How detailing cars at age 16 got Paul Marobella to the top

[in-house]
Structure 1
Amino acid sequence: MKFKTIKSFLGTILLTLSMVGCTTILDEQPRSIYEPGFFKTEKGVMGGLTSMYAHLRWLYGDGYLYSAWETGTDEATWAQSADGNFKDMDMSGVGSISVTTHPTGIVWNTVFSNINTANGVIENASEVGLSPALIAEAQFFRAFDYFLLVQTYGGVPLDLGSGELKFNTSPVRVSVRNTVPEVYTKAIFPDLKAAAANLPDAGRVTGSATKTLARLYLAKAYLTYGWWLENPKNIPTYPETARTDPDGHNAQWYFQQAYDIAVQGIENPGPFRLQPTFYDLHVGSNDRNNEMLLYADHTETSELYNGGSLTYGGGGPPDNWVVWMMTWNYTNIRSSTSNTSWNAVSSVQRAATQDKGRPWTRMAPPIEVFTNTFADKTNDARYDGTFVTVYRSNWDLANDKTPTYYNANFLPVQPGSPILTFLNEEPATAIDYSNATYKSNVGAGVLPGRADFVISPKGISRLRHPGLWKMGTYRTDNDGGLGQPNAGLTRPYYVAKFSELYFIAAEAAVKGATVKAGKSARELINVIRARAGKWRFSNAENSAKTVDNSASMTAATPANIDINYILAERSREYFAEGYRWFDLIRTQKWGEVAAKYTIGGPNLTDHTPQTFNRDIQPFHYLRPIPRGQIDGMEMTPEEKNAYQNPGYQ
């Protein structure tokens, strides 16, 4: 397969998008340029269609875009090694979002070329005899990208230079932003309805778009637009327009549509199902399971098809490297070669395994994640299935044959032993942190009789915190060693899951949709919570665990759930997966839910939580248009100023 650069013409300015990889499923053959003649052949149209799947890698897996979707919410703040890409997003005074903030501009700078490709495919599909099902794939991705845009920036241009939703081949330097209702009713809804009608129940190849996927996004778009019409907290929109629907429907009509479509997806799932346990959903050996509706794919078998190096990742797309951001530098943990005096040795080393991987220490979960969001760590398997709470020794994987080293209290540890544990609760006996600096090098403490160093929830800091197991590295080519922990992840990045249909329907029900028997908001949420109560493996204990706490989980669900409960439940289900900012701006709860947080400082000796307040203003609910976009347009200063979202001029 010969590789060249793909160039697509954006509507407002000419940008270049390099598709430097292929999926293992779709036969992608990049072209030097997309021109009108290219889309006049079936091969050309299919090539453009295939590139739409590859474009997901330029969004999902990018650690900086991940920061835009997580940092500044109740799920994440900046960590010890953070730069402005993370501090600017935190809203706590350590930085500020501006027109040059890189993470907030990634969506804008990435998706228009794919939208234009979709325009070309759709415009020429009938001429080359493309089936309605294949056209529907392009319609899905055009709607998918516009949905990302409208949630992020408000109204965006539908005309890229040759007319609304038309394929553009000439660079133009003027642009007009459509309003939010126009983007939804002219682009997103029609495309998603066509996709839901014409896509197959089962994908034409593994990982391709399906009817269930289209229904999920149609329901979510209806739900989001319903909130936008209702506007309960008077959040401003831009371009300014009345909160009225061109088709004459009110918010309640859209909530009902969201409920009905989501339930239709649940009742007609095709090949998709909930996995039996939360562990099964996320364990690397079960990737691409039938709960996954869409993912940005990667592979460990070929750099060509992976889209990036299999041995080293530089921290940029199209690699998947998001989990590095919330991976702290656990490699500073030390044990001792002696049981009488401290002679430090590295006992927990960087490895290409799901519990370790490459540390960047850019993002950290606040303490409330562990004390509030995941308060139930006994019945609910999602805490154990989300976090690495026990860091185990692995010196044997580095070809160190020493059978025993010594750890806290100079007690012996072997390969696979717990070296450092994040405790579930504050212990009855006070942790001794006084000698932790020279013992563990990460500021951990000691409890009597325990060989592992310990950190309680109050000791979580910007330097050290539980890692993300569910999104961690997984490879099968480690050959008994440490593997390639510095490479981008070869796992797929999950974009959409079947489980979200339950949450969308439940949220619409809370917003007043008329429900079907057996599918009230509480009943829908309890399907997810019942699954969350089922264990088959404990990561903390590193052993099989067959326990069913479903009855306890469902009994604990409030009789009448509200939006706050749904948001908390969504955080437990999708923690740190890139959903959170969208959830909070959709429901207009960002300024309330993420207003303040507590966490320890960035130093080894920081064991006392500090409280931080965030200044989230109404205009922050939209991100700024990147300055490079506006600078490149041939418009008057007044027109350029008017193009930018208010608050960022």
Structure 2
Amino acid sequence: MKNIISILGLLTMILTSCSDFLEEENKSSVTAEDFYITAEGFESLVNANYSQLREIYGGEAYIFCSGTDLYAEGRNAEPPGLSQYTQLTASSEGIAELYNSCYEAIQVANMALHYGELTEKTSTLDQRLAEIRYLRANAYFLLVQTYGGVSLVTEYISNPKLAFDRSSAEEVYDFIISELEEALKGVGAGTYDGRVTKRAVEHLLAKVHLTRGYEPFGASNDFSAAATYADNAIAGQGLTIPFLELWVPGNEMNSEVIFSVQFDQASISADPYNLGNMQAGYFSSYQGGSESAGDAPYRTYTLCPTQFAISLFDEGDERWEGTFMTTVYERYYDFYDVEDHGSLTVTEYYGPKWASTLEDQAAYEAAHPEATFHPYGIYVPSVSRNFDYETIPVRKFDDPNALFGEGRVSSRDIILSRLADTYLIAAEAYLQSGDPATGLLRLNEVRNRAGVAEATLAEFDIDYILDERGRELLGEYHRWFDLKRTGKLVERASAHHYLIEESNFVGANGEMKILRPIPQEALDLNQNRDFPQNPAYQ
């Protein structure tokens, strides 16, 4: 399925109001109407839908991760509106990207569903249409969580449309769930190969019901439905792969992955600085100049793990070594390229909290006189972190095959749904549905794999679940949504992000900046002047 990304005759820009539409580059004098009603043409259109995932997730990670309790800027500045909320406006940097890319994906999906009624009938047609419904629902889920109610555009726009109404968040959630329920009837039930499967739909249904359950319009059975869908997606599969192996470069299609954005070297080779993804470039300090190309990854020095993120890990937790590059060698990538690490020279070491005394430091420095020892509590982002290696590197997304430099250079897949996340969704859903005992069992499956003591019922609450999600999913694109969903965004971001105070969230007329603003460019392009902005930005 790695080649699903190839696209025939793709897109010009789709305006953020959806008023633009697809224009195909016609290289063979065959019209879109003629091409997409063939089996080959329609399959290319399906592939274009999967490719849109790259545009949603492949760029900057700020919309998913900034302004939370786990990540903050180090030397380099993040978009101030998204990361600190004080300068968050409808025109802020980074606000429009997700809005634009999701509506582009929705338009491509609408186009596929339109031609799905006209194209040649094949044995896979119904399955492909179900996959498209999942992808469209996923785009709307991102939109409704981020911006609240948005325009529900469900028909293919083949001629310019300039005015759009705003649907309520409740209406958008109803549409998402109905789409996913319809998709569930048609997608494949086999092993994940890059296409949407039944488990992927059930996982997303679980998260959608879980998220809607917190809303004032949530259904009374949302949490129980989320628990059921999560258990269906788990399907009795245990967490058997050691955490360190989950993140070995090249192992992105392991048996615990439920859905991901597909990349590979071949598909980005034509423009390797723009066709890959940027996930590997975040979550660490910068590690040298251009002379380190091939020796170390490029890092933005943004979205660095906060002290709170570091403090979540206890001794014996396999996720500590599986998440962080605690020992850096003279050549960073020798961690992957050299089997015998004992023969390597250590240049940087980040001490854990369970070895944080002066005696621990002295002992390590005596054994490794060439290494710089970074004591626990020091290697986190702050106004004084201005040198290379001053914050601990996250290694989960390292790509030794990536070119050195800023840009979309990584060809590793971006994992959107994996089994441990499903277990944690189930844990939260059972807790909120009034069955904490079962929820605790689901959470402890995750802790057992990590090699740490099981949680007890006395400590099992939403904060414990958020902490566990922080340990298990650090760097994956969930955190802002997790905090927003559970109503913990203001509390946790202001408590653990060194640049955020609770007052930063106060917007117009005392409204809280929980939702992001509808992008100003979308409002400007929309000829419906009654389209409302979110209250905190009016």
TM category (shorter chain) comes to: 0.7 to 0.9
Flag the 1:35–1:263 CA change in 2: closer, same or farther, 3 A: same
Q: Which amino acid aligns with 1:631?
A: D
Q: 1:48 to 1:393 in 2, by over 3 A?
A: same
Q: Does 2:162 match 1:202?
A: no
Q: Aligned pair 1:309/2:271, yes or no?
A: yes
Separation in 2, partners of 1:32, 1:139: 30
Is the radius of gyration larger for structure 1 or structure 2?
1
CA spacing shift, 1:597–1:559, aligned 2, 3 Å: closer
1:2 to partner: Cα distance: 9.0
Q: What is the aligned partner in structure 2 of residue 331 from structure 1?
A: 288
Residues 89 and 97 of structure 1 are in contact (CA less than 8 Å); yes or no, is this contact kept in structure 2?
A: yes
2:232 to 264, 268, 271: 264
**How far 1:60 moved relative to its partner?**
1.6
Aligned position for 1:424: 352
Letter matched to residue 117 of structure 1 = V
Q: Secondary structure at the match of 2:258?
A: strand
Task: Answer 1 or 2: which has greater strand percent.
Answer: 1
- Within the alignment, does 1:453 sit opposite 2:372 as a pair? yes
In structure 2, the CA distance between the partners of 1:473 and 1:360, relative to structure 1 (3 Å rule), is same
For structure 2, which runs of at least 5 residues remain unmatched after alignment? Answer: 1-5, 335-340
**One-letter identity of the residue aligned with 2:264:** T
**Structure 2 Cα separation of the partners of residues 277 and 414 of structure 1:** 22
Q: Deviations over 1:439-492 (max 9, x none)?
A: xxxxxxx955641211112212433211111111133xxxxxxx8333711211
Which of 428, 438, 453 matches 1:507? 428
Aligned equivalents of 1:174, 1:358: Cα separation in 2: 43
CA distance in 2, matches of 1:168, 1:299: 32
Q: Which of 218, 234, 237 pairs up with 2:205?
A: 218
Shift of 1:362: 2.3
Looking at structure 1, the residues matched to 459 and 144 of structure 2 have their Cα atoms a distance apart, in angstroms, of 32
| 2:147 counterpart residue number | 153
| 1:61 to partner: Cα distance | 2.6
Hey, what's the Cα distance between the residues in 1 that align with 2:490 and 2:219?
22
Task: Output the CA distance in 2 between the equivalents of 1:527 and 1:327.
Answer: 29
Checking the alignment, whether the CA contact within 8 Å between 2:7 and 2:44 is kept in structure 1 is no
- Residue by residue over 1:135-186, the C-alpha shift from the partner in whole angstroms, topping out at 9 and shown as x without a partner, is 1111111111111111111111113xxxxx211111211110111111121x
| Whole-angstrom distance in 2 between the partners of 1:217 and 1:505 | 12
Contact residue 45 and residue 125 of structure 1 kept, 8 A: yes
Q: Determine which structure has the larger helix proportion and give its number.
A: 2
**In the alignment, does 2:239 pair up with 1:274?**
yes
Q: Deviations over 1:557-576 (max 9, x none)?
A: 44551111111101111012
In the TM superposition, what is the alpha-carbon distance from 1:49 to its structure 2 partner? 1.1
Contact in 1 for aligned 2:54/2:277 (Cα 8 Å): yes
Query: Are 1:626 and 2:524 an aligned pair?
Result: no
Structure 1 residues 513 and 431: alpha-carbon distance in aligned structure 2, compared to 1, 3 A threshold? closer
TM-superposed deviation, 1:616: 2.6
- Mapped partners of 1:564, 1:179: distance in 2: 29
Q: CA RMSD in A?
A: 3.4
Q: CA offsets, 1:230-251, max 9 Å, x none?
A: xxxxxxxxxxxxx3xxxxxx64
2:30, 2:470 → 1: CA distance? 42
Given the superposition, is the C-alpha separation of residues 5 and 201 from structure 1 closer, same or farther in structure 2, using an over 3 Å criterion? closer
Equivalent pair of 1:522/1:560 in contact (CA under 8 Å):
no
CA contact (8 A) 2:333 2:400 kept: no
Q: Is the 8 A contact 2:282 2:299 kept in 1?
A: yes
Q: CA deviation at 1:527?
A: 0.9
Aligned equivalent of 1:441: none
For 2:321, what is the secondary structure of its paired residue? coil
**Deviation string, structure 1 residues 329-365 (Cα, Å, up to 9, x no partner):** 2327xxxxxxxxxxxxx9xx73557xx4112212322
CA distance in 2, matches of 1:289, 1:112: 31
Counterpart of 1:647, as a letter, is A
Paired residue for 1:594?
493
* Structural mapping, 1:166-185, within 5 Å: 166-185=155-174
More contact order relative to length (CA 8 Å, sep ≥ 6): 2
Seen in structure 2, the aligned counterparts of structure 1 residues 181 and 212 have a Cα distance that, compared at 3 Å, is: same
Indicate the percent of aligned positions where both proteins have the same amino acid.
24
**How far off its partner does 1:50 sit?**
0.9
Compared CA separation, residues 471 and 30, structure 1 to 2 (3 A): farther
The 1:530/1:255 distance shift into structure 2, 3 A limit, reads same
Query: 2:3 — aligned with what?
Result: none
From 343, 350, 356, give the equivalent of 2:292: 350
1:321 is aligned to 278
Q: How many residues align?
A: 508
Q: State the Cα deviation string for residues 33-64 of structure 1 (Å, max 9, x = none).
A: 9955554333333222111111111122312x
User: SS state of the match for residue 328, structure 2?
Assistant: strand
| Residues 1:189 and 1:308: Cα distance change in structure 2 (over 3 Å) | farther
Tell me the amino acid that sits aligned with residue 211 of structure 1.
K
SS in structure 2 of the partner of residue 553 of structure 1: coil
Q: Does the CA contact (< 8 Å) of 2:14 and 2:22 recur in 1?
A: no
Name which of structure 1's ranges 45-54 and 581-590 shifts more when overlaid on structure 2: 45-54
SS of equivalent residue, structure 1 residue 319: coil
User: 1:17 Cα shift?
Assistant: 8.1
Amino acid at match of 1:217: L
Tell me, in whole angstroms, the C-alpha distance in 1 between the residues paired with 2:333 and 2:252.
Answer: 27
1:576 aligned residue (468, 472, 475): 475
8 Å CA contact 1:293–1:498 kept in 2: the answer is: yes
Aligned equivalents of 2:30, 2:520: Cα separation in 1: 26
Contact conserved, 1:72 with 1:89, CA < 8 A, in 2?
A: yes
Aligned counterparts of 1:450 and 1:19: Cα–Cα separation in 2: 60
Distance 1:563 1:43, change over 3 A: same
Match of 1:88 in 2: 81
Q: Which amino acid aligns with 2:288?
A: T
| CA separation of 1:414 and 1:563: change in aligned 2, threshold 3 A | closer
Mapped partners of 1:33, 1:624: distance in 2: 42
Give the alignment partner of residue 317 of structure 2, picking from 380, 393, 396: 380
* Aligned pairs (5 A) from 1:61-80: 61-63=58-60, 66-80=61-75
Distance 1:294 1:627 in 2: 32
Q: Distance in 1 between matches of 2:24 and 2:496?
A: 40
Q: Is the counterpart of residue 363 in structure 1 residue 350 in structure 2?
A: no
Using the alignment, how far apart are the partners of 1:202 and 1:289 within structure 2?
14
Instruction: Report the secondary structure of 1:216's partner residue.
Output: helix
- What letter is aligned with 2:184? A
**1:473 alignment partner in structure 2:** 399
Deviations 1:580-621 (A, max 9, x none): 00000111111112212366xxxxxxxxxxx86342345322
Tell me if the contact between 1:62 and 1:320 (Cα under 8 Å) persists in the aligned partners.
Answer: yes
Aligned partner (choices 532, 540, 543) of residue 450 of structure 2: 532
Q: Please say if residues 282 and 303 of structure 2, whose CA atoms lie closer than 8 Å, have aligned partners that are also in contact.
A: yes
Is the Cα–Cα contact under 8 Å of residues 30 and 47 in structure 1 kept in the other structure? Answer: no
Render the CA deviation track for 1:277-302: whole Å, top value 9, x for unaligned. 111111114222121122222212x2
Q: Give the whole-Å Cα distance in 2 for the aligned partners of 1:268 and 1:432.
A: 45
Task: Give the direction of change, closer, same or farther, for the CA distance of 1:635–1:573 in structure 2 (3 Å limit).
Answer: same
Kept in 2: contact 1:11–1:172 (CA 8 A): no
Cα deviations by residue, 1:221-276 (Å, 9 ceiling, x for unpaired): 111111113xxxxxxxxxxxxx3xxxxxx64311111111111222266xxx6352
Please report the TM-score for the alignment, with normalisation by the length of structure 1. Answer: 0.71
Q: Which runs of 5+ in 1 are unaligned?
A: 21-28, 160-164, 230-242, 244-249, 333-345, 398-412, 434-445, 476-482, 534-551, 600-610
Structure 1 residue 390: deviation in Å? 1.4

first_img Is Falconer the Coolest Drinks Industry Profession Out There? Getting to Know Rhum Agricole, Rum’s Grassy Sibling Today we speak to CEO of Havas Chicago, Paul Marobella.I always knew I wanted to be in advertising. It started with me trying to make money the summer I was 16. I started a car detail business in a executive bedroom suburb of Boston, Sudbury, MA. I charged $125 for a detail in 1986. At the time I knew I had to do something different to be noticed, something that nobody else was doing so I bribed the building managers of small office parks to use their electricity and water during the day and I offered a detail-while-you-work service. Now they call it mobile car detailing. The rush of leaving a business card or flyer on someone’s car and then my phone ringing to make an appointment was the very start of me realizing the power of advertising. From there, I went on to Bentley University in Boston to study marketing and the rest is history, with playing some baseball and hockey, partying in Vegas and South Beach and being president of my fraternity thrown in for good measure. Over the past 20 years, I have worked on some of the most incredible brands in the world. The industry has taken me to all corners of the earth. I’ve met incredible people and truly have had the career I would have hoped for. I’ve lived in Boston, Manhattan and now Chicago working for amazing agencies all winning top awards for work and for the agency’s performance. Now, I am the CEO of the Havas Chicago Network, which is a collection of seven agencies in the US with over 750 people, based in the Chicago Village of Havas. Havas is one of the largest agency holding companies in the world, based in Paris and leading the way with progressive thinking and innovation. In a way, fashion drove my choice to pursue a career in advertising. I didn’t want to wear a suit and tie to work and I was vigilant about staying true to my identity and style. I still carry this chip with me, today. My style has morphed over the years but today, I’d call it a street-smart style that blends best of custom with street wear and high-end brands. I’ve adopted the French fashion mentality of have less but better. Living in Chicago definitely tempers your style in ways that would be different if living in Manhattan or LA. However, you can still get away with wearing jeans to a multi-million dollar meeting and it’s just the risks aren’t taken as much with fashion for men, here. When not at work, I am passionate about my charity in Chicago called the Inner City Education Program or ICE. ICE is a Chicago Blackhawks charity partner and we are dedicated to helping low-resource kids in the City of Chicago play the game of hockey and as a result be awarded academic scholarships to attend top-tier private schools. We have raised and donated hundreds of thousands of dollars and this past year became an official partner of Chicago Blackhawks charities. I also still play hockey a couple of nights a week on a local men’s team and on the North American Havas team called the MadMen. As for my style….  Jeans:I wear jeans 90% of the time paired with a sport coat, t shirt, sweater and sneakers. And, when I find a cut and brand I like I buy it in every wash.Paige Lennox AG NomadA.P.C. Petit New StandardShirts:Prada t-shirts and for button downs, all custom from Wilfred Newman in Chicago.Pants:All pants that aren’t jeans are custom from Wilfred Newman in Chicago.Suits:I have suits and sport coats for all seasons and occasions. I like to experiment with patterns, liners and details on my jackets. My man Eddie Lehneer at Wilfred Newman is always looking for new patterns, textures and liners for me. Custom from Wilfred Newman in Chicago. Shoes:I have a versatile arsenal of shoes of which I include designer sneakers I wear with high-end fashion or my suits. My days of Adidas suits and crispy new kicks have never left me so when I can, I rock some AF1‘s or the always popular in Boston, Adidas Superstars. But my favorite thing I put on my feet are my Bauer skates for those nights at Fight Club, aka hockey. Accessories:To me the dollars are in the details and I like to pay attention to the small things, especially a carefully chosen piece of jewelry or my watch. Right now, all of my jewelry is David Yurman carbon fiber or black. I wear big watches, always have, and my new passion is the collection from Panerai. All David Yurman all the time for Jewelry My go-to watch is an all-steel Panerai 1950 Luninor  Marina 3 Days AutomaticLouis Vuitton graphite black wallet and champs elysees money clip Tumi Alpha 2 luggage Bauer APX2 stickOuterwear:Someone once said to me your jackets are always part of your outfit. This is very true and I pay attention to having jackets for all occasions, weather and color ways. I like slim fitting cuts, which is why I obsess over Prada and Moncler, mostly. Also, Canada Goose Chateau Parka for Chicago winters.Favorite Cologne:Yves St Laurent L’Homme and Viktor Rolf SpicebombYour favorite App:My life is crazy and we introduced our company to the Whil app, recently, and I am hooked. I use it in the middle of the day, on a plane or right before I go to sleep. Whil for meditation and Texture for catching up on magazines.Favorite piece of technology:Jailbroken Amazon Fire stick Next tech purchase: Sonos for my home Editors’ Recommendations 11 of the Best Low-Calorie Craft Beers for Watching Your Beer Belly 7 of the Best Drink References in Music Everything You Need to Know About White Pinot Noirlast_img read more